Try this: Place your feet 2-3 feet from a stable wall and lean your back against it. Make sure you back is fully supported from your hips to your head. Gently slide down the wall until your legs are bent at 90-degree angles. Keeping your feet flat on the floor, hold that position for as long as possible and note the time. Rest about 30 seconds and repeat. As you find you can't hold the low position for quite as long, straighten your legs to raise your body up the wall a few inches and repeat the hold. Continue to work your way up the wall until you're almost to a standing position. The key is to work as many different angles as possible so you gain strength throughout the sitting-standing range of motion

>> BOOKS & GEAR: Structured workouts, detailed meal plans and 56 daily devotionals highlight our book “PrayFit: Your Guide to a Healthy Body and a Stronger Faith in 28 Days.” Order yours at our online store today, or pick up a hat, shirt or wristband for your faith-and-fitness minded loved ones.



July 14, 2011Read: John 18

"Peter again denied it, and at once the rooster crowed." -- John 18:27

I can relate to Peter. In one moment, he declares adamantly he would never deny he knew who Jesus was; the next, he does it not once...not twice...but thrice. But still, what motivates me about Peter was that while he wasn't perfect, he was the one who stepped up. He may not have always been right, but he was never in doubt. First to reach for his sword to defend the Lord (only to be taught a quick lesson in self-control), and first to get out of the boat (only to be the example of how we sink without faith). But if you notice a common thread in the stories of Peter, the more he was first to fall, the more he learned to stand.

In our pursuit of a stronger faith, as well as to better health, we often make bold declarations that we will pray more, train more, and eat better...only to do the exact opposite the next moment. But friends, take courage. Keep being first. Set the pace with your family and friends. Remember, Peter knows what it's like to declare and fail, and to step out and sink. Pursuing obedience is a staggering undertaking. Fortunately, like Peter the pacesetter, we have a Savior who reaches further than the fall.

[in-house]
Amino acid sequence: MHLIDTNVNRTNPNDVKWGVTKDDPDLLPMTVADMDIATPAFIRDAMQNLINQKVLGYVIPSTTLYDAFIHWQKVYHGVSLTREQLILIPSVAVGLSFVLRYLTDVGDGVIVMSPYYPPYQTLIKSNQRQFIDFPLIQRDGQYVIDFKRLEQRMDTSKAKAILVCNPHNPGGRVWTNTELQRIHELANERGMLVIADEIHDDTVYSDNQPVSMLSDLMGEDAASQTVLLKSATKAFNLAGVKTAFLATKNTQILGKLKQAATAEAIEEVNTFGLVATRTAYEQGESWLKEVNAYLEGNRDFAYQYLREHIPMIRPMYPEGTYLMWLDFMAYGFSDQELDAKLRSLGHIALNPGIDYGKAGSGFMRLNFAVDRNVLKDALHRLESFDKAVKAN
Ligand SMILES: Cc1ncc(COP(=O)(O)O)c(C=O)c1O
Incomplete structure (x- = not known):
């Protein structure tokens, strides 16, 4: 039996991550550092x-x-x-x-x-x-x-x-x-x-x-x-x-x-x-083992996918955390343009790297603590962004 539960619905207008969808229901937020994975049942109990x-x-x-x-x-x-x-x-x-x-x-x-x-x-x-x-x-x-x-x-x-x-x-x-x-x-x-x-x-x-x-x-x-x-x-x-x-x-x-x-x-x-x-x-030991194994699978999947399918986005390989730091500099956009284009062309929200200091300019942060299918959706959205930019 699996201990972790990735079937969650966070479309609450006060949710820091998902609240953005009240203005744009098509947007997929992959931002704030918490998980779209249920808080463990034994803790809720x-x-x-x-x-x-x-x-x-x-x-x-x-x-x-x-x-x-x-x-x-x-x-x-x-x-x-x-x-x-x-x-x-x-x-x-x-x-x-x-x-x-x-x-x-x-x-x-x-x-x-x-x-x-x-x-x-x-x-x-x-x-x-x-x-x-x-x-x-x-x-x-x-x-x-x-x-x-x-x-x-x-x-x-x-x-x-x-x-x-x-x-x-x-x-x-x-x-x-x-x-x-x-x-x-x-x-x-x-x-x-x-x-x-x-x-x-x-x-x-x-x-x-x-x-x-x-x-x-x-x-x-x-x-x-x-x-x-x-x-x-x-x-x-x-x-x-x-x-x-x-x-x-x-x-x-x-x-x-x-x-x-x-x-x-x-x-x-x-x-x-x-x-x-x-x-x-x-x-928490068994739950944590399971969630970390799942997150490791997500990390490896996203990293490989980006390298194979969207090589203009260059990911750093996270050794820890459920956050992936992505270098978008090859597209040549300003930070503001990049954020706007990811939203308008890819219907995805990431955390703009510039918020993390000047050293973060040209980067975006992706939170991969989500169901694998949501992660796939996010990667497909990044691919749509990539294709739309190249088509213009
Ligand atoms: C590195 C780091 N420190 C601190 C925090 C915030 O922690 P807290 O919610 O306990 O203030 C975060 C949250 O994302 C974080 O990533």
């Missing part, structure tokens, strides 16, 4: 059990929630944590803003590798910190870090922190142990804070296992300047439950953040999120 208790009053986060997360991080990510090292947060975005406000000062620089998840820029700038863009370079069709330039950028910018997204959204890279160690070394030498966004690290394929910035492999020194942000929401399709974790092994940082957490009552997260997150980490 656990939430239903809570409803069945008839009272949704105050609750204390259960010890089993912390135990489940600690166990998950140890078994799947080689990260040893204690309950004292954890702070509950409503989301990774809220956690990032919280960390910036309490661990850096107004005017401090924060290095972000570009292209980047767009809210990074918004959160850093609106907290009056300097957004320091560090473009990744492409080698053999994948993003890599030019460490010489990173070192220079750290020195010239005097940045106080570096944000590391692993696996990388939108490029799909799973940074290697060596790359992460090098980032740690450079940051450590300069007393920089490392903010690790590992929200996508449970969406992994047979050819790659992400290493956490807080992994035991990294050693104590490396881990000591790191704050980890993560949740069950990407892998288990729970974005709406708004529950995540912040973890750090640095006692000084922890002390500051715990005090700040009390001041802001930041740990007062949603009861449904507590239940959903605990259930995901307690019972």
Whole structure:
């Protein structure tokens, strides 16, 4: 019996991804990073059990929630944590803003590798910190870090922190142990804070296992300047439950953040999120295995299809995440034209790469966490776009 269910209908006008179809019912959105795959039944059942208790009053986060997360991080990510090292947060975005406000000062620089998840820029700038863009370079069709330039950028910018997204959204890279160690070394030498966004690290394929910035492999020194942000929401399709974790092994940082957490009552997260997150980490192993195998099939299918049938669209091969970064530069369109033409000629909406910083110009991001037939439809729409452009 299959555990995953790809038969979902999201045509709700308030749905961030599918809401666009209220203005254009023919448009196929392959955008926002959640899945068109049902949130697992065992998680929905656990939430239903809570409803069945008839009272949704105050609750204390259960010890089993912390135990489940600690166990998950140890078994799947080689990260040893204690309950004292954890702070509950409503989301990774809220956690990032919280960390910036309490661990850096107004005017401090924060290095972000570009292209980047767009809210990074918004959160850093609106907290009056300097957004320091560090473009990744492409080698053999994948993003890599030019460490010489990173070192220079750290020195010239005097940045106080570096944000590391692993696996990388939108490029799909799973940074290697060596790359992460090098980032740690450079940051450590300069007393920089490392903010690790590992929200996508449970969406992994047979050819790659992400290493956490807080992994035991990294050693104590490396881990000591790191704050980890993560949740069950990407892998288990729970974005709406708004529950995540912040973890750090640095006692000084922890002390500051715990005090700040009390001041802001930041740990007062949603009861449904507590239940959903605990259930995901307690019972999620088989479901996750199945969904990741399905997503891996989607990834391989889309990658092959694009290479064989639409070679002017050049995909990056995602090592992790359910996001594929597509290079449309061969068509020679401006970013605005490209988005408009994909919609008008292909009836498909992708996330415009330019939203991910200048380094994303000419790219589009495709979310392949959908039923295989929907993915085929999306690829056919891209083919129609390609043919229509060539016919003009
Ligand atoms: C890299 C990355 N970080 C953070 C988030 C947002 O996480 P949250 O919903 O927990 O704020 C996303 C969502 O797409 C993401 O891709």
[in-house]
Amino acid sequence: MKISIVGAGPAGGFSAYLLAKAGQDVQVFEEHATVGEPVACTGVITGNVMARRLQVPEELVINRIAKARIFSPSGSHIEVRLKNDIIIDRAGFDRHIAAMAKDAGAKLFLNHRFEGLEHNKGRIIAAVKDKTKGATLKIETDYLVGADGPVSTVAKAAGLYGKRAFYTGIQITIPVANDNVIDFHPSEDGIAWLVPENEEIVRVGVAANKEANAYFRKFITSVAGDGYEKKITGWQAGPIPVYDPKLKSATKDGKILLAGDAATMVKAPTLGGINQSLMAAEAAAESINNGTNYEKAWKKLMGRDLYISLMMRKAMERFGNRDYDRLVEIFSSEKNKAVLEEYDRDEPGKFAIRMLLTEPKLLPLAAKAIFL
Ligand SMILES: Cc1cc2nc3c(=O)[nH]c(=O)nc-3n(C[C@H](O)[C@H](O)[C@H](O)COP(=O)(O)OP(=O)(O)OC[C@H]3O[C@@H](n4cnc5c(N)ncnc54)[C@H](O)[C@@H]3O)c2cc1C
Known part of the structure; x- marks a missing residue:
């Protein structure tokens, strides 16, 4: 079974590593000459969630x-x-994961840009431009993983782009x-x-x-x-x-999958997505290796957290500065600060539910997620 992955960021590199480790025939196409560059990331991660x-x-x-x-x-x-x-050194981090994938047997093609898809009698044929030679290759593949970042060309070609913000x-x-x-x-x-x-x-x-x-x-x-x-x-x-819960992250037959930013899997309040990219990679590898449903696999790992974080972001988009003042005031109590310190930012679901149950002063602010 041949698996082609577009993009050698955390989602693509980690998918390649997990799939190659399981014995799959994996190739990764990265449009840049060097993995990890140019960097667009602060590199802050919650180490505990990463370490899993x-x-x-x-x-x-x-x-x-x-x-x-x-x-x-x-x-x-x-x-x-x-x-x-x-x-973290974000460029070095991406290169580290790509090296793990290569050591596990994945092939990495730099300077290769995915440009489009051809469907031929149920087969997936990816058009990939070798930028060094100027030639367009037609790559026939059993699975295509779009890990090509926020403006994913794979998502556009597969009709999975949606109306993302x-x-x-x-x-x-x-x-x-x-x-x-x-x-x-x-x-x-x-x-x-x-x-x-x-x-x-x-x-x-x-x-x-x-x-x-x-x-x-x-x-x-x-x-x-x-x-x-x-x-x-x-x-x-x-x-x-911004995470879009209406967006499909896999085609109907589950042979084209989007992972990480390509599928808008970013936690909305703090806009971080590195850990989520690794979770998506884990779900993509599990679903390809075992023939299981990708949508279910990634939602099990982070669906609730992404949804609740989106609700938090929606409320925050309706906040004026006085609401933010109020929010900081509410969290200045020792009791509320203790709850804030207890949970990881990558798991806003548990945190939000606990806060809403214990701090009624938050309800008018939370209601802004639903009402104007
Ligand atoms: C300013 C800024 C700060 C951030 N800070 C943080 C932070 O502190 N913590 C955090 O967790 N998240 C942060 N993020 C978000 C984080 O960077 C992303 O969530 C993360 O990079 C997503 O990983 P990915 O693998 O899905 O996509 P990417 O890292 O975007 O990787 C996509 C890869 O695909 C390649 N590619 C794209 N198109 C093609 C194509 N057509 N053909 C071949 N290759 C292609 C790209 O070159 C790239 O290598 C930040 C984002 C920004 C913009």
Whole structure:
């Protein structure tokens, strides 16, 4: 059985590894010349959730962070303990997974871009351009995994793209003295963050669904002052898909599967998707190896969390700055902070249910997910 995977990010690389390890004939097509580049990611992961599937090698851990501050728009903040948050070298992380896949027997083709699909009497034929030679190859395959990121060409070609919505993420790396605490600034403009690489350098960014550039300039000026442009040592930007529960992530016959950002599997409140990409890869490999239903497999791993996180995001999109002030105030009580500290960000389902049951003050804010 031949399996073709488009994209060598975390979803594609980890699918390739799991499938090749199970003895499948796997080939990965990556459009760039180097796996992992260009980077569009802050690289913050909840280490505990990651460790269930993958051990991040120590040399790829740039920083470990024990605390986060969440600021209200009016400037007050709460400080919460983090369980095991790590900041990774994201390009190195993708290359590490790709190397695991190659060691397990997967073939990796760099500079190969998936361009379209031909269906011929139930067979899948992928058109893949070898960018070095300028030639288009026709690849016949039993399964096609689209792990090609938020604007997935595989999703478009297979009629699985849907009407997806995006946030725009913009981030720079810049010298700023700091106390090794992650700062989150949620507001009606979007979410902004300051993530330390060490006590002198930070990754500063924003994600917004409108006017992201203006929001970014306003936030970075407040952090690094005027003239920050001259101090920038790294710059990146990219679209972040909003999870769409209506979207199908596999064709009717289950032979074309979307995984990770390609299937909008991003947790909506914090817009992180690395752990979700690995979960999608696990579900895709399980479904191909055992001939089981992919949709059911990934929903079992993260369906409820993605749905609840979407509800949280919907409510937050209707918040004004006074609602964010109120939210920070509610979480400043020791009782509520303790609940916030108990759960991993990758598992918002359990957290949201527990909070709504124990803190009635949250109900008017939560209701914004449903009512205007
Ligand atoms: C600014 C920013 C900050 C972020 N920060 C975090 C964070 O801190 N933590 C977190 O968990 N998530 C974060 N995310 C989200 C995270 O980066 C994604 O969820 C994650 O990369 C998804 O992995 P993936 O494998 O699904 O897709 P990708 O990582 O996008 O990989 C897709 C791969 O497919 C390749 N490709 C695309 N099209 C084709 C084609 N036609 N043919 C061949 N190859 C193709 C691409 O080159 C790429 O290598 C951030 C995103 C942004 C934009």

For as often as we espouse the virtues of high-intensity training, some may find our fitness tips to be a bit intimidating. After all, working harder than you're accustomed to never sounds like a fun undertaking. And while there are some actual, defining guidelines for intensity -- i.e. working to 95% of your max effort on an interval run -- you can take heart knowing that it is also relative.

One example is interval walking. If you're not up to performing sprints, you can simply speed up the pace of your walks. Try walking at a faster clip for 30 seconds, then falling back into your normal pace for 1-4 minutes. As you progress, speed up the pace -- it may not be long before you're into a slow jog -- and/or shorten rest periods. Ideally, you want to work toward 30-second "sprints" followed by one-minute "walks." One study showed that subjects who performed 4-6, 30-second sprints three times per week burned more bodyfat than those who did traditional steady-state cardio. But the term "sprint" is a measure of effort, rather than speed.

You don't have to be a sprinter to get the fat-burning, heart-healthy benefits of high-intensity interval training (HIIT). By applying the basic tenets of  HIIT to your cardio and implementing concept of progression, you can start right where you are -- today.